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Aetna Denies Disability – Is there a Doctor in the House?

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Aetna is under investigation for denying disability benefits without a physician examining medical records and now a denied disability lawsuit claims the same bad faith practice.

Los Angeles, CACalifornia's insurance commissioner in February 2018 launched an investigation into Aetna after discovering a former medical director for the insurer (independent medical examiner) admitted under oath that he never looked at policy holder’s records to decide whether to approve or deny their long term disability benefits. Now a California woman has filed a complaint against the huge insurance provider claiming a similar issue.

Back in February 2018, an investigation in Aetna was launched after CNN showed California Insurance Commissioner Dave Jones a transcript of a testimony by Dr. Jay Ken Iinuma, who served as medical director for Aetna for Southern California from March 2012 to February 2015.

Aetna long-term disability lawsuit

The testimony comes as part of a lawsuit filed against Aetna by Gillen Washington, a 23-year-old man who claims he was denied coverage for an infusion of intravenous immunoglobulin when he was 19. He is suing Aetna for breach of contract and bad faith.

The latest Aetna long-term denied disability lawsuit was filed by Tammy Gregory on Aug. 17 in the U.S. District Court for the Central District of California against Aetna Life Insurance Co. and Richman Property Services Inc., claiming that they violated ERISA, the Employee Retirement Income Security Act.
Gregory is employed by Richman Property Services and participates in its employee welfare benefit plan. According to her lawsuit, she became disabled under the terms of the plan and filed a claim with Aetna for long-term disability benefits in February. Aetna denied both her claim and appeal. Gregory argues that Aetna and her employer are both responsible for denying her claim for disability benefits because they failed to provide a prompt and reasonable explanation and without conducting adequate investigation. The case is U.S. District Court for the Central District of California case number 2:18-cv-07250-SJO-JC.

California Insurance Commissioner Dave Jones was “outraged” when CNN presented him with Dr. Iinuma’s deposition in October 2016 involving Washington’s case. On videotape Aetna’s medical examiner said that he “never looked at a patient's medical records while at Aetna,” and that was he was following Aetna's protocol appropriately. Rather, he based his decision with "pertinent information" provided to him by a nurse. Gillen Washington’s attorney Scott Glovsky told CNN the following conversation that took place during the deposition:

"Did you ever look at medical records?" Glovsky asked Iinuma.
"No, I did not," the doctor says, shaking his head.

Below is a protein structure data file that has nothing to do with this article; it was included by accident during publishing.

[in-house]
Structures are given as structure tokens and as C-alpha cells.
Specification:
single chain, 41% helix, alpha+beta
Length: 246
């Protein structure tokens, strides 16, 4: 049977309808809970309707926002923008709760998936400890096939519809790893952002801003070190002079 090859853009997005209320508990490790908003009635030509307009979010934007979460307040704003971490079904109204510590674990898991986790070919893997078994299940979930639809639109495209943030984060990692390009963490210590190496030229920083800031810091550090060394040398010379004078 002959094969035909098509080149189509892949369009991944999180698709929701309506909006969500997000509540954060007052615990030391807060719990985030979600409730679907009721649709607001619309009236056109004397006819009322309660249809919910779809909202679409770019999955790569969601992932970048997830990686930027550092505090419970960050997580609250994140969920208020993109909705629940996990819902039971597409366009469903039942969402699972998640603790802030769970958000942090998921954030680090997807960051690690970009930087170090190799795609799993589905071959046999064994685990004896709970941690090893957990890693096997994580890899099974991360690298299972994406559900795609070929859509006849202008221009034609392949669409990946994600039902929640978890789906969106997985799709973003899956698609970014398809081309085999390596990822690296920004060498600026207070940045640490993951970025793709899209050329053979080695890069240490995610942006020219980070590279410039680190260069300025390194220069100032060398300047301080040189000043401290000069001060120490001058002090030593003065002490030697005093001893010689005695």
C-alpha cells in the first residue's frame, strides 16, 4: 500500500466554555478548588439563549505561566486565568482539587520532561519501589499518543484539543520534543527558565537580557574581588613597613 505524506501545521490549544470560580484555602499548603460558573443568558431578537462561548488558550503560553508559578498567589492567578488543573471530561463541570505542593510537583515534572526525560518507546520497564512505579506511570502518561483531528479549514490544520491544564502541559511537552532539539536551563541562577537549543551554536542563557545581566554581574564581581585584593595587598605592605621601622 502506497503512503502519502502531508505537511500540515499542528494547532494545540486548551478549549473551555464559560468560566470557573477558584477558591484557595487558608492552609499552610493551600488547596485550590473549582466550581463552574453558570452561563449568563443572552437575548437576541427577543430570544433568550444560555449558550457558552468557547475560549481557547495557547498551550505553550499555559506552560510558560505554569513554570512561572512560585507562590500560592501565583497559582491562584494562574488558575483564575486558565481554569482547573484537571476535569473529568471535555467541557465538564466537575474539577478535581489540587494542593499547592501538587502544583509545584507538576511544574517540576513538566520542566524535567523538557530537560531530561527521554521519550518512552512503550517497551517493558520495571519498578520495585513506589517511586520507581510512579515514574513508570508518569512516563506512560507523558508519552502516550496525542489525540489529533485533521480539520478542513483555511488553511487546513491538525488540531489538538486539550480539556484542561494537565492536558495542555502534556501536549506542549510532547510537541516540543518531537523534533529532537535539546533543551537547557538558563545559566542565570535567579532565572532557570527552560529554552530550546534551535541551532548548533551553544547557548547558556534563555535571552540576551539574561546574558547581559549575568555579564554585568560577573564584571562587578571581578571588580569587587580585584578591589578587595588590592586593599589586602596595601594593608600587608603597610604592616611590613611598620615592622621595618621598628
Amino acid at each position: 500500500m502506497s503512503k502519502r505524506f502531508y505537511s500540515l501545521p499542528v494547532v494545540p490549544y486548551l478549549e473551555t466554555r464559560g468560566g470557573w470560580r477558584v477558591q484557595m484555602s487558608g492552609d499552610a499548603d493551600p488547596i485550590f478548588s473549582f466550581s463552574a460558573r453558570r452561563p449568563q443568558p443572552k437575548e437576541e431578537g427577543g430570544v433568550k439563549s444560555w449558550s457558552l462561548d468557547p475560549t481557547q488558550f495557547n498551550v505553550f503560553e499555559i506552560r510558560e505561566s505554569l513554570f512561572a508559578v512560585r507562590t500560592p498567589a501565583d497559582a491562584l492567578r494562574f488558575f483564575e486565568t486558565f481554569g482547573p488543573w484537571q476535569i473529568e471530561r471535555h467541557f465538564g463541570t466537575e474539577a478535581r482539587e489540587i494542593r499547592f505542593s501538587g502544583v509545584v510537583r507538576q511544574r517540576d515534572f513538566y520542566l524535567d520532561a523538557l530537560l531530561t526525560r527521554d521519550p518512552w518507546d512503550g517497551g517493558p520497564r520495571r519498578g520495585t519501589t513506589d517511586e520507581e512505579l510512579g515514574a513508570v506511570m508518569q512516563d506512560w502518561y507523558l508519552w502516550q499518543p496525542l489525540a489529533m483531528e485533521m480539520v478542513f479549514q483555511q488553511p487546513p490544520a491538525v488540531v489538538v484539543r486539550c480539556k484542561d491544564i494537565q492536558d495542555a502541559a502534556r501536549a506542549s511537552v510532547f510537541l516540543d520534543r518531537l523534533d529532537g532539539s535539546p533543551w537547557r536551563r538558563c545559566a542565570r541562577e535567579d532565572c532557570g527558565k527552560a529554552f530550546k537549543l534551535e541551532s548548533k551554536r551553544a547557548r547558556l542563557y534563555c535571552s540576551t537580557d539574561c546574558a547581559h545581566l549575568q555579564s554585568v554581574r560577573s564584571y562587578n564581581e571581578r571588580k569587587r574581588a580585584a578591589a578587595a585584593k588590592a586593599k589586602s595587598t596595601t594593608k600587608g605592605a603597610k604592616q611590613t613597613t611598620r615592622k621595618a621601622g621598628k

"So as part of your custom and practice in making decisions, you would rely on what the nurse had prepared for you?" Glovsky asks.
Iinuma said nearly all of his work was conducted online. Once in a while, he said, he might place a phone call to the nurse for more details.
How many times might he call a nurse over the course of a month?
"Zero to one," he said.”

The California Department of Insurance Investigation

Commissioner Jones voiced his concern to CNN: "If the health insurer is making decisions to deny coverage without a physician actually ever reviewing medical records, that's of significant concern to me as insurance commissioner in California -- and potentially a violation of law," he said. The Commissioner’s investigation will review every individual denial of coverage or pre-authorization during the medical director's tenure to determine "whether it was appropriate or not for that decision to be made by someone other than a physician."

Aetna and Unum practice same bad faith insurance

This Aetna investigation is similar to that of Unum. Back in 2002, the TV program 60 Minutes interviewed a physician who claimed he was fired by Unum after refusing to cooperate with the insurer in denying benefits to injured policy holders. Since then, many former Unum (also known as UnumProvident) independent medical examiners (their in-house physicians ) have testified that they were told to review medical records for disability claims and falsely state that a policyholder was not disabled so that UnumProvident could deny disability benefits, regardless of the true condition of the insured.

If this Aetna investigation determines that violations occurred, the California insurance code sets monetary penalties for each individual violation. Aetna is the nation's third-largest insurance provider with over 23 million customers. The giant insurer told CNN that it looked forward to "explaining our clinical review process" to the commissioner. No doubt Tammy Gregory and her attorney are also looking forward…


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